This clue equals this. Except–what about this? And there is this as well.

I first encountered this technique in Shari Lapena’s The Couple Next Door. It’s an effective way to illustrate panic, helplessness, and anxiety in a character; it makes the reader feel the same way. The second thriller I have finished reading, Killing Floor by Lee Child, uses the same technique.

My exploration of the the thriller genre is creating many chances for me to sample well-known names and series. The Jack Reacher books are stories I never imagined myself reading. For years I have fed my inner reader on flowing sentences from poetic literature; it’s taking me a while to adjust to the jerky, high-energy nature of thrillers and mysteries.

Killing Floor isn’t what I expected–but then, I didn’t know what I was expecting when I decided to give this series a try. I enjoyed the story, and certainly will look for the other books. However, I struggled to find common ground with Jack Reacher himself. I think that might have been done on purpose. 

His character is portrayed as solitary, detached, almost selfish. This means that the characters surrounding him are full of color and life. The romance is detached, surface-level, not the profound stuff that I enjoy reading–but it suits a character like him.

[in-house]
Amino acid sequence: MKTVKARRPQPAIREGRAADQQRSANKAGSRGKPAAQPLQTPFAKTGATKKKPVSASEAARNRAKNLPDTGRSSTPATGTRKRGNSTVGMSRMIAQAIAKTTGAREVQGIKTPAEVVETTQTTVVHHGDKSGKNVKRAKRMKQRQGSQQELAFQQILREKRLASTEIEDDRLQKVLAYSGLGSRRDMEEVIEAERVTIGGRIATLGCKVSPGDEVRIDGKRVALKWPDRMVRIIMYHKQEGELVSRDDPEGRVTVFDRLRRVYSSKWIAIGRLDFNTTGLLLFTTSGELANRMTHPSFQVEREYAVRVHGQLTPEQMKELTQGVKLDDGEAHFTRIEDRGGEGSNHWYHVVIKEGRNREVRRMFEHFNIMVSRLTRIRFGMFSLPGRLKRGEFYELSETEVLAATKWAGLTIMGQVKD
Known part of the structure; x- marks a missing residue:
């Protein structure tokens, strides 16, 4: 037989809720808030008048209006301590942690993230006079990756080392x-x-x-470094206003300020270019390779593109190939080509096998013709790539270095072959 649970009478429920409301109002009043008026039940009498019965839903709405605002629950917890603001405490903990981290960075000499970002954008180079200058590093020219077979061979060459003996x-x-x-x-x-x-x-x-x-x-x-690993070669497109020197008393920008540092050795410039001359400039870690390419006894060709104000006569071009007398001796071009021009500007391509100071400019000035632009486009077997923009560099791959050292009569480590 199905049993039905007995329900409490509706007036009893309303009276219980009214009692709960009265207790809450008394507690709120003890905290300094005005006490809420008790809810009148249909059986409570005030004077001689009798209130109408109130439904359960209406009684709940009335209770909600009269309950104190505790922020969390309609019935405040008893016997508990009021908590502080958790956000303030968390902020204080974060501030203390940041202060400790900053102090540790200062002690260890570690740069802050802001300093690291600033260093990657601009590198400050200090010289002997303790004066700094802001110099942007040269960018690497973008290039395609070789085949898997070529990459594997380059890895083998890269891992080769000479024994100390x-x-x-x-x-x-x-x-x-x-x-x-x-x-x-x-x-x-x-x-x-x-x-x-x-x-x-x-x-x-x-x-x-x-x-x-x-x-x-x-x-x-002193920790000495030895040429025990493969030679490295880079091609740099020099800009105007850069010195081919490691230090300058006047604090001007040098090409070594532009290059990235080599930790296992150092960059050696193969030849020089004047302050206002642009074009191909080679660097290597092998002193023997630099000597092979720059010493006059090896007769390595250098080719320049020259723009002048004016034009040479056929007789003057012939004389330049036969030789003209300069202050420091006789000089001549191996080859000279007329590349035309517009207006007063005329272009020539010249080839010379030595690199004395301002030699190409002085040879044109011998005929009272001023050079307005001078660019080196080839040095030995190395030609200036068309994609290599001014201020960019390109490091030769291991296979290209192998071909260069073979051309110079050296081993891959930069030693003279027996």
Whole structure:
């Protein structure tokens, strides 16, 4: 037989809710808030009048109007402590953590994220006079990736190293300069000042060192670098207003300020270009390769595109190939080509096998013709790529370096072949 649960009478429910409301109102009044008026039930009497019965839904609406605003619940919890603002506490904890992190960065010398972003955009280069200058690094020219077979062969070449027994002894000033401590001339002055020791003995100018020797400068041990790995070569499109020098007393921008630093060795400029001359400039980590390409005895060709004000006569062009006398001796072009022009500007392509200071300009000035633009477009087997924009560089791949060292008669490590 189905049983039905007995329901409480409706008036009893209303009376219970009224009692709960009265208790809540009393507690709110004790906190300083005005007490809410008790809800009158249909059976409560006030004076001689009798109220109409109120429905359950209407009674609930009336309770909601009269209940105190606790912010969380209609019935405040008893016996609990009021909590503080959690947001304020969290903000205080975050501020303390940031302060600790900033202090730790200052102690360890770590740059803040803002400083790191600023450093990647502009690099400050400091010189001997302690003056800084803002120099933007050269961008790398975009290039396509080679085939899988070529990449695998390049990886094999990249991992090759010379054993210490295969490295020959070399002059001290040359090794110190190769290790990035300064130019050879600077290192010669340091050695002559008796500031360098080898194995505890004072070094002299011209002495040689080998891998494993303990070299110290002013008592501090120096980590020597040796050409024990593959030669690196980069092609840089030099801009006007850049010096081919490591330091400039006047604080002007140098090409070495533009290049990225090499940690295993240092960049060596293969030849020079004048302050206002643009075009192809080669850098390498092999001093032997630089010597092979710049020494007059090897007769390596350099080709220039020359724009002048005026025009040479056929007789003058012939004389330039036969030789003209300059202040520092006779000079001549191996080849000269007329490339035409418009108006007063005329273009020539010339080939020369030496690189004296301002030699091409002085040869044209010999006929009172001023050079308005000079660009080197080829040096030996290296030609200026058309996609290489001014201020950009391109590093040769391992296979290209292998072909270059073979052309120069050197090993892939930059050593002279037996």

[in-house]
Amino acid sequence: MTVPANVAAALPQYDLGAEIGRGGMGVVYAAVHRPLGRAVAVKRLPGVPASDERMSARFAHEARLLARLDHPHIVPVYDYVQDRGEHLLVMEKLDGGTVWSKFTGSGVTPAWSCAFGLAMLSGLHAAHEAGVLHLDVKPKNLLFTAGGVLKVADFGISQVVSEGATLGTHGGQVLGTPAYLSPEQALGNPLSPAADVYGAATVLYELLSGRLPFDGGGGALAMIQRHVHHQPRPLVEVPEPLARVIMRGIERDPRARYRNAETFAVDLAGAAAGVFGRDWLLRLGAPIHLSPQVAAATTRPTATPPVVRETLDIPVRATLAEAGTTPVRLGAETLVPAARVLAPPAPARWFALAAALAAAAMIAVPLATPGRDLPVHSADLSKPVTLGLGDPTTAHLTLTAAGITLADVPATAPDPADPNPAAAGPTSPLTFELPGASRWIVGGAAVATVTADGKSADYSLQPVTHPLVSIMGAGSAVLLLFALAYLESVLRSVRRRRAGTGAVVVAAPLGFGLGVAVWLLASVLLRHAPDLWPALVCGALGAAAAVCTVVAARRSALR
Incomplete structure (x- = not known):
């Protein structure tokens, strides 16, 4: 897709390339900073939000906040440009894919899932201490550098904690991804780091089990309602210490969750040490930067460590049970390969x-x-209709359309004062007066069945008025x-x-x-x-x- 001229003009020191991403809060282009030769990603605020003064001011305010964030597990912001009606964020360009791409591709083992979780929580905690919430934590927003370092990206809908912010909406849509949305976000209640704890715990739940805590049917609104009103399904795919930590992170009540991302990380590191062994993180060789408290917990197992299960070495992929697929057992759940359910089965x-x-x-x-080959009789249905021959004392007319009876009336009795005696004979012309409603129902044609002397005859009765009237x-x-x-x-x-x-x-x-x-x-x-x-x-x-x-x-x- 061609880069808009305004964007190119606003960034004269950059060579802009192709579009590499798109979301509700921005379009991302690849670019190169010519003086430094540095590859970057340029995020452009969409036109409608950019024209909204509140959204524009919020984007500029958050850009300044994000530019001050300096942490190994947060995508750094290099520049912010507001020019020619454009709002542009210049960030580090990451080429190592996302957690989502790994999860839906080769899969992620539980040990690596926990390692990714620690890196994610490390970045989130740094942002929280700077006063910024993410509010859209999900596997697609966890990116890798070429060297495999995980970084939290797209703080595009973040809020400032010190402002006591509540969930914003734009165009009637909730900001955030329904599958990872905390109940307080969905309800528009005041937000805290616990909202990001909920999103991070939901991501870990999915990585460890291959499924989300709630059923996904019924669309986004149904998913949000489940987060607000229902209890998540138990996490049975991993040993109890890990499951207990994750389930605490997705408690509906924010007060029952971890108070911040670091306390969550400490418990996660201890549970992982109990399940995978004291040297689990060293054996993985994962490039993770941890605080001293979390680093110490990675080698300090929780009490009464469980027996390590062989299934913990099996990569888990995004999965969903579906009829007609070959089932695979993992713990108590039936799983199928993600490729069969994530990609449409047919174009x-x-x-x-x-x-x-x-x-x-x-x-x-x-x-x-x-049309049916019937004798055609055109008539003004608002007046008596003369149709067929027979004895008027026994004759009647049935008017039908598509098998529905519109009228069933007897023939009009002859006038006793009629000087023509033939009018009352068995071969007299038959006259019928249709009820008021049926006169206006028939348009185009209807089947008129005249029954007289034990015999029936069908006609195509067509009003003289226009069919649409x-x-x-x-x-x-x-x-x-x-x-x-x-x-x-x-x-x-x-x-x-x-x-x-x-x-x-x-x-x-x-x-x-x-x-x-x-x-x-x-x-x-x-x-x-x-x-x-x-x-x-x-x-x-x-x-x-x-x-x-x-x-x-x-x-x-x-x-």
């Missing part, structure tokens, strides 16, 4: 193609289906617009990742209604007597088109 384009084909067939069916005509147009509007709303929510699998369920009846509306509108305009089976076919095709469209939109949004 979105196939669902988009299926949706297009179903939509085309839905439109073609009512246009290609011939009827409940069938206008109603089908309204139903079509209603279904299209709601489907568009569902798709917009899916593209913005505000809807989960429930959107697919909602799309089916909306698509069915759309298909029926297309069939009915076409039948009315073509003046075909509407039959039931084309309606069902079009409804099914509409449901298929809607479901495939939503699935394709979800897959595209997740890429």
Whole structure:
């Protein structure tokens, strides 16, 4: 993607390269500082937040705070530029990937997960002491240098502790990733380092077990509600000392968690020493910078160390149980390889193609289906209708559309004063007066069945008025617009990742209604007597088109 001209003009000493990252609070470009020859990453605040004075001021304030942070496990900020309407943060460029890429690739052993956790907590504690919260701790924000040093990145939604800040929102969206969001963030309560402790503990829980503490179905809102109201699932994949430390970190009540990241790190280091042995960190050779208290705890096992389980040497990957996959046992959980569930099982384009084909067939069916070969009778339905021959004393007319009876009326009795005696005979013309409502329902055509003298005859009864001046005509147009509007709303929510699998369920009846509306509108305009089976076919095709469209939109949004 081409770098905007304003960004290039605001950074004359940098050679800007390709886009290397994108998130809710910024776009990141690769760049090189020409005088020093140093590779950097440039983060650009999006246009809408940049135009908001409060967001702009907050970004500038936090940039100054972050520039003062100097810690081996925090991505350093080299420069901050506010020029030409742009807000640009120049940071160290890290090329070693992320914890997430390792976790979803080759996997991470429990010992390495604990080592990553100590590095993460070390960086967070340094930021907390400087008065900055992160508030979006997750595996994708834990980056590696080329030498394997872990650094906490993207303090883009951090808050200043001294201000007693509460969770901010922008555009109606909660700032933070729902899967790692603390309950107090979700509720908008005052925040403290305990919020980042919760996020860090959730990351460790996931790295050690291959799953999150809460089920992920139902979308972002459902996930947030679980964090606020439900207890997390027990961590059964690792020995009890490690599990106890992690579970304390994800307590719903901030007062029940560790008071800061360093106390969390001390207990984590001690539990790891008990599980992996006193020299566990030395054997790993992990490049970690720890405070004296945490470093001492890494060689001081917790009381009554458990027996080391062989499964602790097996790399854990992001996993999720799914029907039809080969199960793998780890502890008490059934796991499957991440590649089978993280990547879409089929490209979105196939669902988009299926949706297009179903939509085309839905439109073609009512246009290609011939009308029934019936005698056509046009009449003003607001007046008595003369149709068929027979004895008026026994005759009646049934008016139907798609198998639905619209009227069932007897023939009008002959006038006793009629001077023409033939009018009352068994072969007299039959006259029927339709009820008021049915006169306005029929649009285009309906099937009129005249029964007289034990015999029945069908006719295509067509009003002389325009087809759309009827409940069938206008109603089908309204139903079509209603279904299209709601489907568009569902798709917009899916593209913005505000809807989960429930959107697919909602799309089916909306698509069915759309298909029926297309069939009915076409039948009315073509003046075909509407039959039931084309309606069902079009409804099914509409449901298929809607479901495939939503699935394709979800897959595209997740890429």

He’s intent on not staying anywhere, living a life of freedom, leaving no trace of his existence, even in the form of receipts.

The plot, though–it is so complex that I forgive the dryness of Jack’s character. The world in Killing Floor is a giant jigsaw puzzle, the kind where you have twenty pieces that are the same color blue. You’ll spend days, probably, trying to get those pieces together, and when at last you discover the order in which they click, the picture has the detail you’ve been missing. 

Such is the world of Killing Floor: You have a handful of compelling but dissonant clues, and wrest with them for a while. By the time Jack has figured out which direction to take, that world is more realistic and beautiful; you want to get deeper in.

By the time Killing Floor has become a safe world with the criminals put away, the book has ended. You’re given a chapter or two of joy and a radiant glimpse at what the town of Margrave will be like without bad guys.

Then, Jack decides he doesn’t want to stay in Margrave–and it’s over. You’ve walked a wild path with him, solving mysteries and staying alive, but just like him, you can’t stay. You’ve been rewarded with only a glimpse of a small town at peace.

This genre of writing is far from what I’m used to, but remains a refreshing change. I’m drinking in the techniques used to write thriller and suspense, hoping to use them one day in my own books. There are so many new books for me to choose from that I feel like I’m in a brand-new playground, surrounded by adventures.